Association of hospital performance based on 30-day risk-standardized mortality rate with long-term survival after heart failure hospitalization. An analysis of the get with the guidelines-heart failure registry

Ambarish Pandey, Kershaw V. Patel, Li Liang, Adam D. DeVore, Roland Matsouaka, Deepak L. Bhatt, Clyde W. Yancy, Adrian F. Hernandez, Paul A. Heidenreich, James A de Lemos, Gregg C. Fonarow

Research output: Contribution to journalArticle

14 Scopus citations

Abstract

IMPORTANCE Among patients hospitalized with heart failure (HF), the long-term clinical implications of hospitalization at hospitals based on 30-day risk-standardized mortality rates (RSMRs) is not known. OBJECTIVE To evaluate the association of hospital-specific 30-day RSMR with long-term survival among patients hospitalized with HF in the American Heart Association Get With The Guidelines-HF registry. DESIGN, SETTING, AND PARTICIPANTS The longitudinal observational study included 106 304 patients with HF who were admitted to 317 centers participating in the Get With The Guidelines-HF registry from January 1, 2005, to December 31, 2013, and had Medicare-linked follow-up data. Hospital-specific 30-day RSMR was calculated using a hierarchical logistic regression model. In the model, 30-day mortality rate was a binary outcome, patient baseline characteristics were included as covariates, and the hospitals were treated as random effects. The association of 30-day RSMR-based hospital groups (low to high 30-day RSMR: quartile 1 [Q1] to Q4) with long-term (1-year, 3-year, and 5-year) mortality was assessed using adjusted Cox models. Data analysis took place from June 29, 2017, to February 19, 2018. EXPOSURES Thirty-day RSMR for participating hospitals. MAIN OUTCOMES AND MEASURES One-year, 3-year, and 5-year mortality rates. RESULTS Of the 106 304 patients included in the analysis, 57 552 (54.1%) were women and 84 595 (79.6%) were white, and the median (interquartile range) age was 81 (74-87) years. The 30-day RSMR ranged from 8.6%(Q1) to 10.7%(Q4). Hospitals in the low 30-day RSMR group had greater availability of advanced HF therapies, cardiac surgery, and percutaneous coronary interventions. In the primary landmarked analyses among 30-day survivors, there was a graded inverse association between 30-day RSMR and long-term mortality (Q1 vs Q4: 5-year mortality, 73.7%vs 76.8%). In adjusted analysis, patients admitted to hospitals in the high 30-day RSMR group had 14%(95%CI, 10-18) higher relative hazards of 5-year mortality compared with those admitted to hospitals in the low 30-day RSMR group. Similar findings were observed in analyses of survival from admission, with 22%(95%CI, 18-26) higher relative hazards of 5-year mortality for patients admitted to Q4 vs Q1 hospitals. CONCLUSIONS AND RELEVANCE Lower hospital-level 30-day RSMR is associated with greater 1-year, 3-year, and 5-year survival for patients with HF. These differences in 30-day survival continued to accrue beyond 30 days and persisted long term, suggesting that 30-day RSMR may be a useful HF performance metric to incentivize quality care and improve long-term outcomes.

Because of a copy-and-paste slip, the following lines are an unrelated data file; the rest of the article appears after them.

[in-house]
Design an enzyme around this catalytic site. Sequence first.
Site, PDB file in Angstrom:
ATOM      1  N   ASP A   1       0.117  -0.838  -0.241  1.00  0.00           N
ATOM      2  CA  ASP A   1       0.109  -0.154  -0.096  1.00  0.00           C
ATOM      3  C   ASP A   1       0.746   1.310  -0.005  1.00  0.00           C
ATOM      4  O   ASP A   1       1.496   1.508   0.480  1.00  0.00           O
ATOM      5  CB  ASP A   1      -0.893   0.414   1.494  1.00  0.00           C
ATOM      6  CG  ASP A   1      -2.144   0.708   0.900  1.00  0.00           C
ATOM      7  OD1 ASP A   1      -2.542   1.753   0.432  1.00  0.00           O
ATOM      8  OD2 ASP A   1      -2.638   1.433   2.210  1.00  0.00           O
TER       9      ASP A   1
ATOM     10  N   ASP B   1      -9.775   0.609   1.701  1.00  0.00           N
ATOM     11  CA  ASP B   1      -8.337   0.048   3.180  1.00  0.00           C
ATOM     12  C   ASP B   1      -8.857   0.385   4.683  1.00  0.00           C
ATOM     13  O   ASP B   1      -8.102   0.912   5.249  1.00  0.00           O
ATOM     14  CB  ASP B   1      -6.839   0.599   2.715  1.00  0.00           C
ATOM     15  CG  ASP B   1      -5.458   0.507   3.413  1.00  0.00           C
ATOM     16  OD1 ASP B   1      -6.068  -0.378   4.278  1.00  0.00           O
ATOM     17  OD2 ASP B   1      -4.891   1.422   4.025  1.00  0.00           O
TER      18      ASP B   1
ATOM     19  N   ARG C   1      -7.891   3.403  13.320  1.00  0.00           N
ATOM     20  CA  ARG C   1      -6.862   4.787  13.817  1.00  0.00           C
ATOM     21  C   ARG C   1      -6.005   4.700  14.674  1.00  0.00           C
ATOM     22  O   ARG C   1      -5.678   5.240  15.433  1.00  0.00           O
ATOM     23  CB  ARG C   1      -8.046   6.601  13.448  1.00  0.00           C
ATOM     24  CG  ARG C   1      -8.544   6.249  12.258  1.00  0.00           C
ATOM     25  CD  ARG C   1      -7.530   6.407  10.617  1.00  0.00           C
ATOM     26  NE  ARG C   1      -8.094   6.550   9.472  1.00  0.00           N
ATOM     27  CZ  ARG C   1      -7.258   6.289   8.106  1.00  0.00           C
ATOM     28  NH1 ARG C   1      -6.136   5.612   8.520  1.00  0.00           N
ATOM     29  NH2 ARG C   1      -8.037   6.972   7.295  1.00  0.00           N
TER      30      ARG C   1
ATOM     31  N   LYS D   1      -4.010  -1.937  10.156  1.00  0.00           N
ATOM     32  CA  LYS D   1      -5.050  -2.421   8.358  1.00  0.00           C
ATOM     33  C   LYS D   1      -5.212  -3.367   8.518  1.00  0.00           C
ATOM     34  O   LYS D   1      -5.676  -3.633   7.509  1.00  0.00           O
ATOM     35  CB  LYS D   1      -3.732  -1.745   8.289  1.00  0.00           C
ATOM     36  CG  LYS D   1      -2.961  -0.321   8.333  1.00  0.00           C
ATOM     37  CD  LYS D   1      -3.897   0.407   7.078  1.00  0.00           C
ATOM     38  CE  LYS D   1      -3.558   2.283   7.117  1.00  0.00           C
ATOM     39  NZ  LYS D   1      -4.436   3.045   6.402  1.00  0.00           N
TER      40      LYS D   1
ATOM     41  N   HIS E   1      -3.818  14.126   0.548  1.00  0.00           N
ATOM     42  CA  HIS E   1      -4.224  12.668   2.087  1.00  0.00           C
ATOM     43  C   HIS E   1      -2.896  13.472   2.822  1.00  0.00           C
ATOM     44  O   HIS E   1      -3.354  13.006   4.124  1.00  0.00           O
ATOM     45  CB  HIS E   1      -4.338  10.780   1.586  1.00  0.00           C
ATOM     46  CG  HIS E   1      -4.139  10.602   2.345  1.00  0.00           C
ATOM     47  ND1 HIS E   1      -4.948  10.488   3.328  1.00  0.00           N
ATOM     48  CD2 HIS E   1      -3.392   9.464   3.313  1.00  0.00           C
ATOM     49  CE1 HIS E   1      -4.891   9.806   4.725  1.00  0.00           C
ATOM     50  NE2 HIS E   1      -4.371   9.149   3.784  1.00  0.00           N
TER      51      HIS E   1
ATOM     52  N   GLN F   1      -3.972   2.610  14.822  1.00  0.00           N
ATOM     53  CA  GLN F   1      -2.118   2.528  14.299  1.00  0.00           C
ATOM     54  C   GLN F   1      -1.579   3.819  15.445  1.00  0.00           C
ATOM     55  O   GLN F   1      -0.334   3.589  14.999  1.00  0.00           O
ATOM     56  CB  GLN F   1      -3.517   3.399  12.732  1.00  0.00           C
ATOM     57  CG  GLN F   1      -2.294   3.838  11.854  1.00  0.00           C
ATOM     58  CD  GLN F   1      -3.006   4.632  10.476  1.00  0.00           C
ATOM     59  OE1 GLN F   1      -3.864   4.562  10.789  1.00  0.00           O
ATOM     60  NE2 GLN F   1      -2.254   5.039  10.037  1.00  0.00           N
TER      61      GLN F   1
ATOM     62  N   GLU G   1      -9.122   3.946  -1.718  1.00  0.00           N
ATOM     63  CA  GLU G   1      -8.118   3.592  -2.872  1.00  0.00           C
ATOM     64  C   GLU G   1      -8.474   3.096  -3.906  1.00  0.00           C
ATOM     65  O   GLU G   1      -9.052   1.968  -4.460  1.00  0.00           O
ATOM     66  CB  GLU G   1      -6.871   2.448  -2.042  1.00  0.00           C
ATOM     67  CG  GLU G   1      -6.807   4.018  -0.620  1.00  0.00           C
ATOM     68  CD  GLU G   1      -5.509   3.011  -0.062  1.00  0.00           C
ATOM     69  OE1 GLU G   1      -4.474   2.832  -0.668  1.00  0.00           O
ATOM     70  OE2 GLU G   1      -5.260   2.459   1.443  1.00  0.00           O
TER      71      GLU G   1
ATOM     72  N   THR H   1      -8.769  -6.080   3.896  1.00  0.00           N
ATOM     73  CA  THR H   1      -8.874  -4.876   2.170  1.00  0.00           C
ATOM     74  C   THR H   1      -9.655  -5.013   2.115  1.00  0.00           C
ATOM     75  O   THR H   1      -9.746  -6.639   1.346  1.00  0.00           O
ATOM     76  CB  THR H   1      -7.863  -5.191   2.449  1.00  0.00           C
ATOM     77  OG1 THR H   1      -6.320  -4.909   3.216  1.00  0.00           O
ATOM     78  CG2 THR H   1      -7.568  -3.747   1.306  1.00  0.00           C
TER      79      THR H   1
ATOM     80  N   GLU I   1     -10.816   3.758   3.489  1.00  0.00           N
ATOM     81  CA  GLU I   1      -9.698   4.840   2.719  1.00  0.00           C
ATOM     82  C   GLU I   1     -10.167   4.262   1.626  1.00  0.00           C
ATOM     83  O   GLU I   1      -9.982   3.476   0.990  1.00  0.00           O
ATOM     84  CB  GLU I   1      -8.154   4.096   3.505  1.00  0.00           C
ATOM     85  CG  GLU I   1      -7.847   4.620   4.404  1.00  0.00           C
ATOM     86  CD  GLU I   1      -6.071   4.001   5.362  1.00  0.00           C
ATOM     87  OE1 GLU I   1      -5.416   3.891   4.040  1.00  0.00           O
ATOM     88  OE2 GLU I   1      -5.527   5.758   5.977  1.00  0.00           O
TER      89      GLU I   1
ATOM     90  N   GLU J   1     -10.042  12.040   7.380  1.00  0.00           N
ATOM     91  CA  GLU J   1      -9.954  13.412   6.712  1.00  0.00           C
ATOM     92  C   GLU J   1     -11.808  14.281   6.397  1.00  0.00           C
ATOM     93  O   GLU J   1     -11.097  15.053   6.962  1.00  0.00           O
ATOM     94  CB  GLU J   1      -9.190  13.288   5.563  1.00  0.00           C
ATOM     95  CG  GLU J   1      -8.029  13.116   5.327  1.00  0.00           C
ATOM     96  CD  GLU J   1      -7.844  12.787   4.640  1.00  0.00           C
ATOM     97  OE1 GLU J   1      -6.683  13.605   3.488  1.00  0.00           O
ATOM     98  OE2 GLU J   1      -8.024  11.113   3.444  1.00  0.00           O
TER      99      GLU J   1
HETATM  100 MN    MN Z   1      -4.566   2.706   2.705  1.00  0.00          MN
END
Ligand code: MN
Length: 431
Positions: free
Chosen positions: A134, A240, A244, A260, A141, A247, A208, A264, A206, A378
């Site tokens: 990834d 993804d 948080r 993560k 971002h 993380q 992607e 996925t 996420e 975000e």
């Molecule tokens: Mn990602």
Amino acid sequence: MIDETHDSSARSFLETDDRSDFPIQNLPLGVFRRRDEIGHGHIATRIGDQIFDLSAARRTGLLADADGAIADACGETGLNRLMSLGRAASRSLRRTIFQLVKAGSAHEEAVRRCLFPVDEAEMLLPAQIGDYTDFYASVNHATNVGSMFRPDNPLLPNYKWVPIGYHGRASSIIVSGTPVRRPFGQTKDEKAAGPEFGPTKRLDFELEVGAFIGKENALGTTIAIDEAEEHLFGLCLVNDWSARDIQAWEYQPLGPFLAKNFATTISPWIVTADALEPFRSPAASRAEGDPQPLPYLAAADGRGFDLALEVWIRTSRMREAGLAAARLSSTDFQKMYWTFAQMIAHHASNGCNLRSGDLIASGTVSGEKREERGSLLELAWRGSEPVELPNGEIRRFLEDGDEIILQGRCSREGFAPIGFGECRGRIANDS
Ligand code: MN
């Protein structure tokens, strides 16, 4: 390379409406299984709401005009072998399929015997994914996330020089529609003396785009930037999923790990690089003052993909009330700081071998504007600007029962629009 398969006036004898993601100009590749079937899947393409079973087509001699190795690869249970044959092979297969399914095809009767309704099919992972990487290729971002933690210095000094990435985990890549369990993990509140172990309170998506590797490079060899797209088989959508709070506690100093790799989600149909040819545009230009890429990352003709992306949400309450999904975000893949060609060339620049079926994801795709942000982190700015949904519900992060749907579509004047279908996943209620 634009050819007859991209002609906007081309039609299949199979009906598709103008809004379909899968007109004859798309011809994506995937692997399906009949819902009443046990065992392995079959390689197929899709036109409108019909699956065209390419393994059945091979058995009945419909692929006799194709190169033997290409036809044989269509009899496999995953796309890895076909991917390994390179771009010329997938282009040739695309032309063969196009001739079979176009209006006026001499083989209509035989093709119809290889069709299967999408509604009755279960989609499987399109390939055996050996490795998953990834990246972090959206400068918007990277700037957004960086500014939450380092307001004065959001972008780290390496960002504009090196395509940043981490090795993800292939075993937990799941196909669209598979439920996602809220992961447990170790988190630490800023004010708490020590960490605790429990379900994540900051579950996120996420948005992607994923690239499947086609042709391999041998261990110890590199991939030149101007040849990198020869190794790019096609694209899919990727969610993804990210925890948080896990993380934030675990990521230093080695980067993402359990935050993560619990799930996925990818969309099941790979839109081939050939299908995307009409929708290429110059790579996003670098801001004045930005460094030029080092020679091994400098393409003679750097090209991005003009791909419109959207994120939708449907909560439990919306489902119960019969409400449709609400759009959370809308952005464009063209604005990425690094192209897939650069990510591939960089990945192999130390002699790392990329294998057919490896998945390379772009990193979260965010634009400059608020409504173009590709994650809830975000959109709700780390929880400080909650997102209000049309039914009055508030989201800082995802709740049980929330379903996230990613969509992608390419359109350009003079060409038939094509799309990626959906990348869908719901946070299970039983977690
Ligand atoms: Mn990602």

Original languageEnglish (US)
Pages (from-to)489-497
Number of pages9
JournalJAMA Cardiology
Volume3
Issue number6
DOIs
StatePublished - Jun 2018

ASJC Scopus subject areas

  • Cardiology and Cardiovascular Medicine

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